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Anyone care to divulge what sort of motor they would/have used in a milling cutter based milling machine. I am entertaining the thought of building one similar to the one outlined in Ray Gould's book. I think it was Ed Hartzell's machine.

Has anyone out there built one of these? What else do you suppose I should know. I understand you folks have spent a lot of time building and designing these and it would be pretty lame if I were to ask for specific plans, so I won't. I'm a pretty smart bear and I look forward to tinkering for a year or so. All I wish for is some generic guidance.

Yes, the end result would be able to cut a finished taper in either a hex or quad. I have a roughing beveler already.  (Eamon Lee)

    If you want the easiest path to making a quality mill, convert a small surface grinder.  Look for a surface grinder with a one inch shaft as some of the specialty bamboo mill cutters (carbide tipped) have one inch holes.  A typical, if there is such a thing, surface grinder has a 1.25 inch shaft.

    With a surface grinder you are not reinventing the wheel.  You get precision up and down adjustments and good vibration management.  All you need to design is the carrier and holddowns.  You can look at automatic feed and dust collection if you have enough amps.  I have found used surface grinders for $300 to $400.  Remember, you don't need all the fancy stuff like magnetic  chucks,  etc.   I  have  built  quite  a  few mills,  in fact mill-building got in the way of rodbuilding.  But a finish mill can easily be made for less than $700.  The last rough mill I sold was $72 without motor.  Speaking of motors, I always use a 1 hp or 1.5 HP 3450 rpm.  I have used 2.75 inch and 3 inch cutters and usually run a 5 inch pulley off the motor to a 3 inch on the cutter shaft -- so what is that?  5,700+ rpm?  You do the math.  I know that Charlie Jenkins uses (or at least used 15 years ago) 2 inch three wing cutters running 9000 rpm.  The feet per second works out about the same, if I remember correctly.   (Chris Lucker)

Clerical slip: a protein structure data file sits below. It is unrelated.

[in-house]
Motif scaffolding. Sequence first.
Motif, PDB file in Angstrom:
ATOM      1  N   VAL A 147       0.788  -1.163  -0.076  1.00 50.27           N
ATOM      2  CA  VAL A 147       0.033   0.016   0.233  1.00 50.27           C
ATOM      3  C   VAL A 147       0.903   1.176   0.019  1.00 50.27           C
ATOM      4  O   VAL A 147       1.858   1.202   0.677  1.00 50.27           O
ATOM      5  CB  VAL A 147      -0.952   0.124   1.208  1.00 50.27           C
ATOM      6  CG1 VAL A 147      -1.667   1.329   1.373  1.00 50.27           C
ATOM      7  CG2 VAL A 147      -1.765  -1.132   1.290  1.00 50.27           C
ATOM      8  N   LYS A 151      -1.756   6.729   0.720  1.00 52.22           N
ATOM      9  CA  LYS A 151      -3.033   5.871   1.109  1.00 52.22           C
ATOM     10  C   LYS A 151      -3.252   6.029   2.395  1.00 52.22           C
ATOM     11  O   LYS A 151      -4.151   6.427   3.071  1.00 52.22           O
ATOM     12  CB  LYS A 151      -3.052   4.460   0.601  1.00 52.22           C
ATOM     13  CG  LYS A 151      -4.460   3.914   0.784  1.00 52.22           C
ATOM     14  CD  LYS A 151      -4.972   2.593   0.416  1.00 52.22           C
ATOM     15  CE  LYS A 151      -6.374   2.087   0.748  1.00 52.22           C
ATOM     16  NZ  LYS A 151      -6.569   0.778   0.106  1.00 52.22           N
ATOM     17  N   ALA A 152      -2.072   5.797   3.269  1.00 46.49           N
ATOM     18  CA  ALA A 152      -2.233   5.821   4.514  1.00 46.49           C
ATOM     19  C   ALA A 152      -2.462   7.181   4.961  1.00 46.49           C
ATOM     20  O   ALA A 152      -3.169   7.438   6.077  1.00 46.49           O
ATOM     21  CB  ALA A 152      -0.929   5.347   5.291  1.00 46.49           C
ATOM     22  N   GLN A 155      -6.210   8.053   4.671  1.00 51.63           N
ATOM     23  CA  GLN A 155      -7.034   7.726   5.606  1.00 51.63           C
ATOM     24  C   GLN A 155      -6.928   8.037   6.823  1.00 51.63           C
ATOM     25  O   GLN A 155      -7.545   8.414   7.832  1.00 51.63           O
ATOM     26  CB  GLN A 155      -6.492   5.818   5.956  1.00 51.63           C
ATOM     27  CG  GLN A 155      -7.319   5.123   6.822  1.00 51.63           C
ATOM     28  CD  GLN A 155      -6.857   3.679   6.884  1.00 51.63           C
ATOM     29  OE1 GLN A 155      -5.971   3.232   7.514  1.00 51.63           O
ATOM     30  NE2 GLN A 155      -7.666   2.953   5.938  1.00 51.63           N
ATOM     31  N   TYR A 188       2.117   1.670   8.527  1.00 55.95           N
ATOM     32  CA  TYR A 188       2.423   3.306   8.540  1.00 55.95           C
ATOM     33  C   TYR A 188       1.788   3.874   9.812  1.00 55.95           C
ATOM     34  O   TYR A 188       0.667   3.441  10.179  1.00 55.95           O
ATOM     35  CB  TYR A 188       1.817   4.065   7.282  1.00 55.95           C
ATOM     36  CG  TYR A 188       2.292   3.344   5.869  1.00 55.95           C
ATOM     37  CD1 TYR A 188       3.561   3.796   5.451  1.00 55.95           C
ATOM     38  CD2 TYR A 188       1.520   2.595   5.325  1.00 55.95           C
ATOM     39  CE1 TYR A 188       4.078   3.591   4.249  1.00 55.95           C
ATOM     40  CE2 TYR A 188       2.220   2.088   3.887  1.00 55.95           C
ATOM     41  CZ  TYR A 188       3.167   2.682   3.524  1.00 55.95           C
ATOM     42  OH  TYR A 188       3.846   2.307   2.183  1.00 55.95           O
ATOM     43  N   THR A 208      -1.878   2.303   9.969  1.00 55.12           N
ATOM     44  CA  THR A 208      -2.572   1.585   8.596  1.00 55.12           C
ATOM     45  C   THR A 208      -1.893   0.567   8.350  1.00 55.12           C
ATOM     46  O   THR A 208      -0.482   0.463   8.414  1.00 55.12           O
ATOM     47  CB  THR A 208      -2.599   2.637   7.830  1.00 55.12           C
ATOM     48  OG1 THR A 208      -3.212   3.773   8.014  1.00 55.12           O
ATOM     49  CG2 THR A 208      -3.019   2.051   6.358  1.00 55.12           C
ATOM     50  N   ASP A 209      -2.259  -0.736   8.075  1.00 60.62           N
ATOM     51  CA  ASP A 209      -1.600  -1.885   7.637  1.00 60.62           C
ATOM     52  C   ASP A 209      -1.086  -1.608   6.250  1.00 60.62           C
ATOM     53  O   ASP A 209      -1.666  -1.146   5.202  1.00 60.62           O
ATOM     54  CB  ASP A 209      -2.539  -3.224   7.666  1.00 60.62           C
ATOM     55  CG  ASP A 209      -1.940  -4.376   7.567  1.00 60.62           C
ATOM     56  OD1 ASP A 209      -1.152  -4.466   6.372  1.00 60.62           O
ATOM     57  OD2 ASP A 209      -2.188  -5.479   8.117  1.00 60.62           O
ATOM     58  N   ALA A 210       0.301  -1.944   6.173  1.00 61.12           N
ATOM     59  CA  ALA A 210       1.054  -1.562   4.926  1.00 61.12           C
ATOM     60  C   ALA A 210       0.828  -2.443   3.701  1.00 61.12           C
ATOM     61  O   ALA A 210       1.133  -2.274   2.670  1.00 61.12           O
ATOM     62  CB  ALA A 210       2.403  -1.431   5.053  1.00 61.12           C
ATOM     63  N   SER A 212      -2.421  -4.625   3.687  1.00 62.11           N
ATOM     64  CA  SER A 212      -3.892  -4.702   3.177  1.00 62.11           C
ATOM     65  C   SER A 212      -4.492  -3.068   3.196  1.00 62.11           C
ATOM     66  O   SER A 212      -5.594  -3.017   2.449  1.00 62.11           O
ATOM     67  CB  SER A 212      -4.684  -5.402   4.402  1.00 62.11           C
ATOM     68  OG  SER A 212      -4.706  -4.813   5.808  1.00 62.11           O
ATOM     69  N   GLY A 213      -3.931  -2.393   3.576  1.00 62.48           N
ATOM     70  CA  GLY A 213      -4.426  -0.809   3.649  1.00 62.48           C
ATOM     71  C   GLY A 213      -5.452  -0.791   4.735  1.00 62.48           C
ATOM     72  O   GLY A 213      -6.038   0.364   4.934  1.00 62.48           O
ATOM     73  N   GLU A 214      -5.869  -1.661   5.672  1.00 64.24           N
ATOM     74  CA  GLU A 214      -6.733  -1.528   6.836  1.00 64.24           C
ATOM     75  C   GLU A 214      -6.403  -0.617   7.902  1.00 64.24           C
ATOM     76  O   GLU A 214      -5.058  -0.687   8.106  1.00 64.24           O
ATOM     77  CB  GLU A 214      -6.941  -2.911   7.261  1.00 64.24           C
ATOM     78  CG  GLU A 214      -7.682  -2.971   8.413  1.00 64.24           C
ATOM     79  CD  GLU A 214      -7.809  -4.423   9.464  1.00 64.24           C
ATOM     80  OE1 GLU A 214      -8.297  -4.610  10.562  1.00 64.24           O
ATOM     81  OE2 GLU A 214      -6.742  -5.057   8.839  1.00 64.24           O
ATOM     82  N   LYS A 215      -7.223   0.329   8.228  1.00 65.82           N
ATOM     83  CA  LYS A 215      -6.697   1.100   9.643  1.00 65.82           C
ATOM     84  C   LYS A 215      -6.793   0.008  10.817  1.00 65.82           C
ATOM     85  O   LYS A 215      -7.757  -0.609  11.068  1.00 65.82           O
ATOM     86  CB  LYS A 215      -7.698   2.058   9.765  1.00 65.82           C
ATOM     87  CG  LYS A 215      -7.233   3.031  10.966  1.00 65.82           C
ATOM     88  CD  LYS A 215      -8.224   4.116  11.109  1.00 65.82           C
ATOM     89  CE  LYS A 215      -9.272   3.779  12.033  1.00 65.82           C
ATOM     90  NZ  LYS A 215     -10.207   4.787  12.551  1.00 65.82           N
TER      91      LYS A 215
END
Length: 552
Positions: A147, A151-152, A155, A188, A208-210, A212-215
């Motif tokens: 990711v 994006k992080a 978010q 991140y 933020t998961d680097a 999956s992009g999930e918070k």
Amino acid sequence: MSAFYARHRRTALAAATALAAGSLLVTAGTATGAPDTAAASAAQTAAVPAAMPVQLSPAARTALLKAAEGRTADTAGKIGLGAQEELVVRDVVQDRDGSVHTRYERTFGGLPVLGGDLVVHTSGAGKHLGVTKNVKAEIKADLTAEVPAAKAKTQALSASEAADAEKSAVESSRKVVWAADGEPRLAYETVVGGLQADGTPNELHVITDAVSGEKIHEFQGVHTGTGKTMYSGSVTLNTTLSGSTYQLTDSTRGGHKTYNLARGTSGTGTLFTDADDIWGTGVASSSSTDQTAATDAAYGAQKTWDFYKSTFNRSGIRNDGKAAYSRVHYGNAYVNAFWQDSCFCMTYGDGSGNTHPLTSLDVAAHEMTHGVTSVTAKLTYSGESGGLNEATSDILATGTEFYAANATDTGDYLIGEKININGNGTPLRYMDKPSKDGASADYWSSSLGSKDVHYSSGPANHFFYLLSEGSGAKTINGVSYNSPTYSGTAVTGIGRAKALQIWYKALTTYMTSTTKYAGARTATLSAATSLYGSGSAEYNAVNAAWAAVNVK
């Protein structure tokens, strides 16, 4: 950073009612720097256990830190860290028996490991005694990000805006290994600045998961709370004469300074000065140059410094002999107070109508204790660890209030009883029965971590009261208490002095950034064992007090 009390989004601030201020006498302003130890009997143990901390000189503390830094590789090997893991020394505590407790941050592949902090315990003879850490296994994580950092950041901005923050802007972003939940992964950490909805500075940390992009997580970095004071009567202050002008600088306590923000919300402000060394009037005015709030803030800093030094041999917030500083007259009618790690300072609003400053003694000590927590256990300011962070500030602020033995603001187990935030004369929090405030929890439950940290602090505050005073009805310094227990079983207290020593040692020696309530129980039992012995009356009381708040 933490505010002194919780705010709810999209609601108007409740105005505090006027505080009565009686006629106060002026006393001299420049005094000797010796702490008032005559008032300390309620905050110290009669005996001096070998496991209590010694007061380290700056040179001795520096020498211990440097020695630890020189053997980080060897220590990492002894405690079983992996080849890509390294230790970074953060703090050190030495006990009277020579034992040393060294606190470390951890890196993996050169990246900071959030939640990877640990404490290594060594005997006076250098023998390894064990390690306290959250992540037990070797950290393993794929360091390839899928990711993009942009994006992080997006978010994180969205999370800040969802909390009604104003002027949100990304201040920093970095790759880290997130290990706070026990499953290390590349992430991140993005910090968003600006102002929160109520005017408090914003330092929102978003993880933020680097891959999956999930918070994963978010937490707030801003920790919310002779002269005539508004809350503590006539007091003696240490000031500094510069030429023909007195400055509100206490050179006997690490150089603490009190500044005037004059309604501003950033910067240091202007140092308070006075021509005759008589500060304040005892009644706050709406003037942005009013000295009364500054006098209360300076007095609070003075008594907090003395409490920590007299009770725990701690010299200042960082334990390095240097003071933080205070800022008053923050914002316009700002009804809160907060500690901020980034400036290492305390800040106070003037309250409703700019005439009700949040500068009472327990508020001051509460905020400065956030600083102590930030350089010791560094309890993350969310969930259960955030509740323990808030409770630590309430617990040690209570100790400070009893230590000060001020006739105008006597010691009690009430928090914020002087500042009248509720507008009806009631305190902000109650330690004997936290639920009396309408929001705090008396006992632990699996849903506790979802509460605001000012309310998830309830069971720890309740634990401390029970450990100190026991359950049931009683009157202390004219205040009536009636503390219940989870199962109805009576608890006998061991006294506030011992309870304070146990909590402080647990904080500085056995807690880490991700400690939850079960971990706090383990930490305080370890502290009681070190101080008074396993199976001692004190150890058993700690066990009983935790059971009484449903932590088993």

The motor on my mill is a Baldor industrial, one horse, 1725 rpm. It has been satisfactory in every way except that you have to use a large pulley to get the mill spindle up to about 5000 rpm.  I think the horsepower is overdone - 1/2 horse  would probably be enough.  Get a condenser type motor that can be reversed - You may want to climb cut sometime.  The belt is just as important as the motor in avoiding vibration.  I use a Gates belt - the best.  (Ed Hartzell)

    I use the 1 1/2 hp Dayton 110/220 motor that was going to waste on my table saw on mine. It only seems like about 3 times too much motor. The only thing you'll need, besides the iron for the bed, that you can't get from MSC is the rack and pinion gear, to get a 6' long rack I had to go to McMaster-Carr. Think perfect alignment and no play of any kind, anywhere, when you're building it. One more hint, use a straight cutter in the machine to cut the taper in the top of your pattern, that way the enamel side will be in the correct alignment to the 60 degree cutters when you cut the bamboo.  (John Channer)


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